•The choice of a Climate and Energy Commissioner with well-known links to the fossil fuel industry raises issues of conflict of interest.

•The shift of the responsibility for relations with the European Chemicals Agency, whose job is to protect European citizens from harmful chemicals, from DG Environment to DG Enterprise shows a clear bias towards prioritizing business interests over protection of human health and the environment and flies in the face of the objectives of the REACH Regulation.

•The fact that sustainable development, resource efficiency and the green economy are not covered at all at Vice-President level implies a Commission that will be operating on the basis of an outdated paradigm of economic growth, one that benefits the industries and jobs of the past over those of the future, and detached from real world constraints and limits.

Your promise not to authorize any legislative initiative that is not in line with your priorities, combined with the virtual absence of any environmental priorities, suggests a de-facto shut down of EU environmental policy making.

We believe these concerns must be addressed if the European Parliament is to approve this Commission, and more importantly, if this Commission is to respond to the needs and expectations of EU citizens of present and future generations.”

“Taken together this is the total implementation of the corporate agenda wish-list, putting private interests before public interests. The total and utterly complete dismantling of the environmental agenda of the EU needs to have been planned in a small circle months in advance, if not years. Even within the European Environmental department, this came out of the blue.”, concluded – Pieter de Pous, the EU policy director from the EEB.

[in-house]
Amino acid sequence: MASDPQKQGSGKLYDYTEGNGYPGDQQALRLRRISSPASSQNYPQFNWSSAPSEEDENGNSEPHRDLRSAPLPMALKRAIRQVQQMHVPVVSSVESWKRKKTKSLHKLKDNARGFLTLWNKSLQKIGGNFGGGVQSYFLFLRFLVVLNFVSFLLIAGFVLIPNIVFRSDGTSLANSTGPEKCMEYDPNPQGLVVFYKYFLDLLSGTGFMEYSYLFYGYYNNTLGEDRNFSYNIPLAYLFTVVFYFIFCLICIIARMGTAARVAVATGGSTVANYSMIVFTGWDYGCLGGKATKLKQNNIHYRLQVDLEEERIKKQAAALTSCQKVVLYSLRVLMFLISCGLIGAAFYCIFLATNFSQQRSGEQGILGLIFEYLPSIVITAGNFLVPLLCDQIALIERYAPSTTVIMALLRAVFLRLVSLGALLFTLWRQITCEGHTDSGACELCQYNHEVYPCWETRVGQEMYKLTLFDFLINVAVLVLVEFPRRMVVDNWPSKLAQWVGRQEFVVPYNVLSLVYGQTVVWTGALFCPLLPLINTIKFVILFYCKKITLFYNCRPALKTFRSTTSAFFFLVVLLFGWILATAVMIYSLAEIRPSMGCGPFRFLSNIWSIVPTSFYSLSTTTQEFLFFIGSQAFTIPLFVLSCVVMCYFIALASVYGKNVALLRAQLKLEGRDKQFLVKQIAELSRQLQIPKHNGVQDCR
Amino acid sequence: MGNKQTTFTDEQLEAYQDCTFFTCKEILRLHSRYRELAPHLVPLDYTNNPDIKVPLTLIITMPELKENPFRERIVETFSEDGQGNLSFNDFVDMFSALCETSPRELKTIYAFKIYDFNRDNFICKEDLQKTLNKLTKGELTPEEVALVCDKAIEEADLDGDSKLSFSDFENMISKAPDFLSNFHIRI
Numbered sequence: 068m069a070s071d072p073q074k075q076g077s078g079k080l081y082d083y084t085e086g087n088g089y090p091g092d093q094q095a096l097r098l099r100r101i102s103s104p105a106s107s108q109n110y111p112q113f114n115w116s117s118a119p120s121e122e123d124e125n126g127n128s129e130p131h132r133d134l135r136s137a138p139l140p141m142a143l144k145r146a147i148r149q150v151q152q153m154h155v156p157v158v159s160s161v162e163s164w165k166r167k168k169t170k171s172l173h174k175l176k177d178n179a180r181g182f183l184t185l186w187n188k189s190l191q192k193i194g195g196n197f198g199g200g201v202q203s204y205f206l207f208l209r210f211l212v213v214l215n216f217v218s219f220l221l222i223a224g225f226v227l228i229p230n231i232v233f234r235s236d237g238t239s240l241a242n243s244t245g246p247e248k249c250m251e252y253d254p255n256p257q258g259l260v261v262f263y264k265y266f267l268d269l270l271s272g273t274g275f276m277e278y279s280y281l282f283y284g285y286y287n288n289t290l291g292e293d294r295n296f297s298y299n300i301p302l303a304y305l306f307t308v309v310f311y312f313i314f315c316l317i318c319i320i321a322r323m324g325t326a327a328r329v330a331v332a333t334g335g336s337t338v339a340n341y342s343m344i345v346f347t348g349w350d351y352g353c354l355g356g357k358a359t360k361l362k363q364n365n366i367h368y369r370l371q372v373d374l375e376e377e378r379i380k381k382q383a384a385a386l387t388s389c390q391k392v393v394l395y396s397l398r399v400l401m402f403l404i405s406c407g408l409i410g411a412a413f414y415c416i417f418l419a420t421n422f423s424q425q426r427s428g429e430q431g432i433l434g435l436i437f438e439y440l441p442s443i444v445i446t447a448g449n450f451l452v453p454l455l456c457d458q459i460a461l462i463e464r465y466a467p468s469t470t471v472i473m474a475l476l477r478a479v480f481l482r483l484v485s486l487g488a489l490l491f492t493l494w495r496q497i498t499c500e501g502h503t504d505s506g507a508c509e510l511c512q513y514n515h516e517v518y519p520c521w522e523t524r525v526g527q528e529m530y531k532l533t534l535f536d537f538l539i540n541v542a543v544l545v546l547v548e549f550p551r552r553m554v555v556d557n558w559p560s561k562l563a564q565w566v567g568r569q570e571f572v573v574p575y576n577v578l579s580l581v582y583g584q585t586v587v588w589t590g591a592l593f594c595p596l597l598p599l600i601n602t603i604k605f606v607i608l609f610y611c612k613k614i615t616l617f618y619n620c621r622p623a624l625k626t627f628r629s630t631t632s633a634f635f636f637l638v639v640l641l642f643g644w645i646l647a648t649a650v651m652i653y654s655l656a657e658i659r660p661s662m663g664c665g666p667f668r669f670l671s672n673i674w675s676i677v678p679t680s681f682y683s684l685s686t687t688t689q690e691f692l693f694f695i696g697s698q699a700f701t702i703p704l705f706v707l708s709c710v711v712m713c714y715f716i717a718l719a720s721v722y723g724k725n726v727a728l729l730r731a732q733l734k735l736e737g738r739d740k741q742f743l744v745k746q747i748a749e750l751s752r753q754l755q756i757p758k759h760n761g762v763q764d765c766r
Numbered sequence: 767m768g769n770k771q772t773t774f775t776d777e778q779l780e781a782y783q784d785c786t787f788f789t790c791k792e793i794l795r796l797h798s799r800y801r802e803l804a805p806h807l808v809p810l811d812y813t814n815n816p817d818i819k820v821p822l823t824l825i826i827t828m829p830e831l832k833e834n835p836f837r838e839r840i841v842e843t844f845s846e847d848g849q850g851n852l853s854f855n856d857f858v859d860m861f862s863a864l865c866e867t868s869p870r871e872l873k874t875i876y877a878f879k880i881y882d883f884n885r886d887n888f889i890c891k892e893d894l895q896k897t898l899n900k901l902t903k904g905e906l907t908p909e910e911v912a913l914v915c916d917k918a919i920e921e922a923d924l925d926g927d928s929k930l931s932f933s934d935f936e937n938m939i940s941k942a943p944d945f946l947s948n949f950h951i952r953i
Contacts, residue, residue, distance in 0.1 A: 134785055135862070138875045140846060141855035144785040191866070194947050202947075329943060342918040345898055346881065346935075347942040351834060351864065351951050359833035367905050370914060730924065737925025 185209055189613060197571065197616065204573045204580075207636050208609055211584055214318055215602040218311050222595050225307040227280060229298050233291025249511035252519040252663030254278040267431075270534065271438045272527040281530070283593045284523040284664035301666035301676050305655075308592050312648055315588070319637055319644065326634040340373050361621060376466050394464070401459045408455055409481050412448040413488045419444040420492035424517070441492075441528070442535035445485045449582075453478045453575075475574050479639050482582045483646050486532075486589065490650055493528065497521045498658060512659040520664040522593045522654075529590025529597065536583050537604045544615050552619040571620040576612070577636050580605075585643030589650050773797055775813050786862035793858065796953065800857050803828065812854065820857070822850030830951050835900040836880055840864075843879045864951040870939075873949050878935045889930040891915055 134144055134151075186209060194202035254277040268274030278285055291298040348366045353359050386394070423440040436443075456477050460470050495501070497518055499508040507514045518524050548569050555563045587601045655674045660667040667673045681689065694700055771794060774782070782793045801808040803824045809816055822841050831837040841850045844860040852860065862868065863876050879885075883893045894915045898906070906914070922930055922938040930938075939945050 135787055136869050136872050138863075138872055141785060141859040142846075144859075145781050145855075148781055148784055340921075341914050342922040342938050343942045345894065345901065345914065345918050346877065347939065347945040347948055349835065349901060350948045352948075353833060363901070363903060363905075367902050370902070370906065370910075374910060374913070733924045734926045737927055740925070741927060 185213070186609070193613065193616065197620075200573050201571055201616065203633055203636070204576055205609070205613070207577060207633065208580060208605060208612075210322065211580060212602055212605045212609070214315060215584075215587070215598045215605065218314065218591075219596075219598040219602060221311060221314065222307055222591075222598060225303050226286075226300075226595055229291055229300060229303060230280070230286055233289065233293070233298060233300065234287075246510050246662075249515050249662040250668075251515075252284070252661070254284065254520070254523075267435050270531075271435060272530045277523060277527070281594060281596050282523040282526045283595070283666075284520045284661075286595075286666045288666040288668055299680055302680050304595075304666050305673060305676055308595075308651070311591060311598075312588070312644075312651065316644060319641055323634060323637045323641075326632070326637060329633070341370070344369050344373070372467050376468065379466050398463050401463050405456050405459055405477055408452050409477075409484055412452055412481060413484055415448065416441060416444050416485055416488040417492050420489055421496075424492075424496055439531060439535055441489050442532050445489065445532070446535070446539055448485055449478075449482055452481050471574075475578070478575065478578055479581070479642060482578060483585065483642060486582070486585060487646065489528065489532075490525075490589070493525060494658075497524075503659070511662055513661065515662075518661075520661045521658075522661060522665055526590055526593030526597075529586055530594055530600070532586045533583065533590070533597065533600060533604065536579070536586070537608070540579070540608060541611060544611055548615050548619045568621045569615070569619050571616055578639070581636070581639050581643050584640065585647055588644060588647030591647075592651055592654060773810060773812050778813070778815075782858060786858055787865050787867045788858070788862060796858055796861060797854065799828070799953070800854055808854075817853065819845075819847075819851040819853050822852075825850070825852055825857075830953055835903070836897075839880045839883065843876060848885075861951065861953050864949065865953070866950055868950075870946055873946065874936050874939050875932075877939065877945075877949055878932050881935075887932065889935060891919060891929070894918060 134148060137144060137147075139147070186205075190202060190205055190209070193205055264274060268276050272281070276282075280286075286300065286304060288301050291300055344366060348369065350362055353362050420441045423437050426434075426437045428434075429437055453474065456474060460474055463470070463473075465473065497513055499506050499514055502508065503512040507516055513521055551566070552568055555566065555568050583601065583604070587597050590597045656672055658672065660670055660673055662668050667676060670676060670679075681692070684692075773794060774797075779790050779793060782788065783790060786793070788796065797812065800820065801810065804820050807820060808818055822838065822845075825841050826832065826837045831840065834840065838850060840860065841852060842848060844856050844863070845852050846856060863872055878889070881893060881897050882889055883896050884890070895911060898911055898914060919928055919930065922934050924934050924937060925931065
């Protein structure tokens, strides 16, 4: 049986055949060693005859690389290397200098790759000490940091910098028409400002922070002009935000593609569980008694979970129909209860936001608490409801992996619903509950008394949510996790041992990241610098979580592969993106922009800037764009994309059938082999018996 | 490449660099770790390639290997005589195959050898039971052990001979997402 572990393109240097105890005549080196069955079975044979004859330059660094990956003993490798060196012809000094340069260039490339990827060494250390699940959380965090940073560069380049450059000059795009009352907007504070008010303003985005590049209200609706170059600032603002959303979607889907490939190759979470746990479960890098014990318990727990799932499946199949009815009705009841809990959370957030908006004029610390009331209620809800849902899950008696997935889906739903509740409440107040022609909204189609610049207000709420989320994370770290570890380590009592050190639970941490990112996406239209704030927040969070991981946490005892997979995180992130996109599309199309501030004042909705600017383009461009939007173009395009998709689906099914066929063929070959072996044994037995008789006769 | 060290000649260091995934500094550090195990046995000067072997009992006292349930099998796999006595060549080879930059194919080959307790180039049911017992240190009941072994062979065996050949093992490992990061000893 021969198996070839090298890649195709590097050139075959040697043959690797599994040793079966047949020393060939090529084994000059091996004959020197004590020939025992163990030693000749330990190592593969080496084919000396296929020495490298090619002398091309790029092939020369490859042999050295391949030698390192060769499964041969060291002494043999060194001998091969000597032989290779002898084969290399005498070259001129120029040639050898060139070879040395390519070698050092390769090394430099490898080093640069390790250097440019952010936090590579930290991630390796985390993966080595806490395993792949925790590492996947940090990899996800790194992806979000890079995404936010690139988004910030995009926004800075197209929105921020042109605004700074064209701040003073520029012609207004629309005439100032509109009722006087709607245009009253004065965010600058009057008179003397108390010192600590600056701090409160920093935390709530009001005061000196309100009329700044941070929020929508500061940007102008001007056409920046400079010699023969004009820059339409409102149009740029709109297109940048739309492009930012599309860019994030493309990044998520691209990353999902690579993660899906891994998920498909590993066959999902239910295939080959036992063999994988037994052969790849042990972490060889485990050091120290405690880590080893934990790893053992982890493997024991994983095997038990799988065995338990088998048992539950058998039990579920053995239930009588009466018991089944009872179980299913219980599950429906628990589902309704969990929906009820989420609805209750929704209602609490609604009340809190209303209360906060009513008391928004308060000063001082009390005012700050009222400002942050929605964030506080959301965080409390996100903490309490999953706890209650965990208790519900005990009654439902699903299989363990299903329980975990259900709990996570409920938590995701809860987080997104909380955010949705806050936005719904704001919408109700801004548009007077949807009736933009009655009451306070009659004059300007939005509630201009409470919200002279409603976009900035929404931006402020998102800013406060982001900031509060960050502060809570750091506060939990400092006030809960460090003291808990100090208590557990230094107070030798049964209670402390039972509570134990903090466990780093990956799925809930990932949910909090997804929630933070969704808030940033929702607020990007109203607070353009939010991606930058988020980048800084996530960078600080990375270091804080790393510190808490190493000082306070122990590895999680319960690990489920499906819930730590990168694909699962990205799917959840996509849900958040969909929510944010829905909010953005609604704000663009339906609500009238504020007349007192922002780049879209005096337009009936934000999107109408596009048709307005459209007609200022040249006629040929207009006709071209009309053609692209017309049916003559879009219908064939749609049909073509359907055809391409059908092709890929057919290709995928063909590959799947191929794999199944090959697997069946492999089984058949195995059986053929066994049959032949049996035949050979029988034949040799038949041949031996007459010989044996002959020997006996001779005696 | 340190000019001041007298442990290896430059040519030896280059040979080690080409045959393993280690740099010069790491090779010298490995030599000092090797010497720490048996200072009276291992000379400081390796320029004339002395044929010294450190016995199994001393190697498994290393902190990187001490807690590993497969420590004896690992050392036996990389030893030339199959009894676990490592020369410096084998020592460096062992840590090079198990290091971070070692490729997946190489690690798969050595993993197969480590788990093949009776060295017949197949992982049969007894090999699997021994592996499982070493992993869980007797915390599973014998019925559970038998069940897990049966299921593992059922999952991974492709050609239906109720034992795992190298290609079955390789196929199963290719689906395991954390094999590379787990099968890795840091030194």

The only remaining hope is that the European Parliament, who should approve the team from Juncker, takes up its role as the institute where the people we elected protect our interests. There will be hearings starting on 29 September and a final vote on 26 October. Until then, we can remind the Members of the European Parliament that 95% of all Europeans wanted that more is done on the environment and that cancelling all environmental policy will make matters only worse.

If there is any red line in all the policy recommendation from the EJOLT project, it’s probably the need for stronger regulation to make sure that corporations are accountable in and beyond Europe for whatever they do. Instead of privatising the profits and nationalising the losses, states need to protect the common good. EJOLT has consistently shown the adverse effect of this neoliberal trend on ordinary people. We have mapped over 1200 environmental conflicts that can be linked to our current economy model focussed on growing extraction, rising inequality and profitmaking at the expense of the common good. What we see now, is that the European Commission is doing everything it can to speed that process of destruction and conflict up. We’re currently witnessing how Jean-Claude Juncker is trying to put profits before physics.

When science and fact-based activism becomes irrelevant and a religious believe in the possibility to keep growing becomes the policy overruling all other policies, we have to wonder which other actions we can take to prevent the self-destruction of humanity. On 20 and 21 September the world will see the biggest number of people hitting the streets to protest against the lack of effective action on climate change. You might want to find out in which of the over 2000 events all over the world that you will participate in. You might want to actually call Members of the European Parliament. Or you might want to put a crime scène tape around the European Commission or the house of the new oilman in charge of saving the climate.

Comments are closed.